Books on Anglo-Saxon Coinage
Tony Abramson has studied the small, early Anglo-Saxon silver coinage, referred to as sceats* for the last twenty years. He has organised a series of symposia held at both the Fitzwilliam Museum, Cambridge and the International Medieval Congress, University of Leeds. These have resulted in the publication of papers presented at the symposia together with other material in Studies in Early Medieval Coinage, edited by Tony and published by Boydell & Brewer. Volume 3 is under preparation.
He has also published a number of stand-alone books. The first, Sceattas: An Illustrated Guide, sold 1,500 copies and was short-listed for the inaugural North Book Prize. This is now complemented by the much more detailed Sceatta List, a radical re-arrangement of the sceatta coinage extending the number of main varieties to 570 categorized in 114 groups, organized into 10 themes.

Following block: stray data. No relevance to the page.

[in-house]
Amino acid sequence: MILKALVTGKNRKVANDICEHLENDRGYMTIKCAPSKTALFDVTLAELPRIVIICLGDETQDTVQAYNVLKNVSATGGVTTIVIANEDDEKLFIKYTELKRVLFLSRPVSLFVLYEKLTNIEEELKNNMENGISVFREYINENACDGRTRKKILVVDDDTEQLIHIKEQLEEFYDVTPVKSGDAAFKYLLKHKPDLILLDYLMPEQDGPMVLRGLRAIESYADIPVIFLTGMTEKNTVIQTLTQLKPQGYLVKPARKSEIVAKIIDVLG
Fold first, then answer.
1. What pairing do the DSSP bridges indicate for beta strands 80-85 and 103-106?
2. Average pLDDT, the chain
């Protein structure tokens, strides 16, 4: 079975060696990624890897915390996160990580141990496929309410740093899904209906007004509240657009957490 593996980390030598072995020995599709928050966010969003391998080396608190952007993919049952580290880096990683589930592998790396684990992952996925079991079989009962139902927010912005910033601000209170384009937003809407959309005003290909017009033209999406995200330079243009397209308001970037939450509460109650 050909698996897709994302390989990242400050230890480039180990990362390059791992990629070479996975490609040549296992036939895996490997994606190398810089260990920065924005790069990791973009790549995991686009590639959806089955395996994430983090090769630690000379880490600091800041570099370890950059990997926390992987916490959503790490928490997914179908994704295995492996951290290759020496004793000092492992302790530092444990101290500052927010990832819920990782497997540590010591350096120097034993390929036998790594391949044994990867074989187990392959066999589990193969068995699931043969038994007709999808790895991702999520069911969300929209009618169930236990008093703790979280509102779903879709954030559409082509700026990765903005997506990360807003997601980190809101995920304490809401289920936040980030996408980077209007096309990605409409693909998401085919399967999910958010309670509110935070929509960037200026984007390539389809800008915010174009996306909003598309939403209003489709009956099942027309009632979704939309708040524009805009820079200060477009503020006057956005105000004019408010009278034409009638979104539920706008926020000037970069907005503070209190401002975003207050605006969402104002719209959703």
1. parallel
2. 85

Anglo-Saxon Counterfeits is an invaluable aid to collectors in this age of burgeoning duplicity, especially on the internet. It not only collates all previous major publications of fakes but includes all the Anglo-Saxon material from both the British Museum and the AH Baldwin “Black Museum”. Moreover, all modern reproductions including those by Ashmore, Grunal and the makers of so-called ‘museum replicas’, often passed off as genuine by unscrupulous traders on unsuspecting novices, are arranged by Spink number.
* pronounced ‘skeets’, preferably not sceattas (‘shatters’), though 'sceatta' can be used as an adjective. Better still is to refer to these coins as proto-pennies.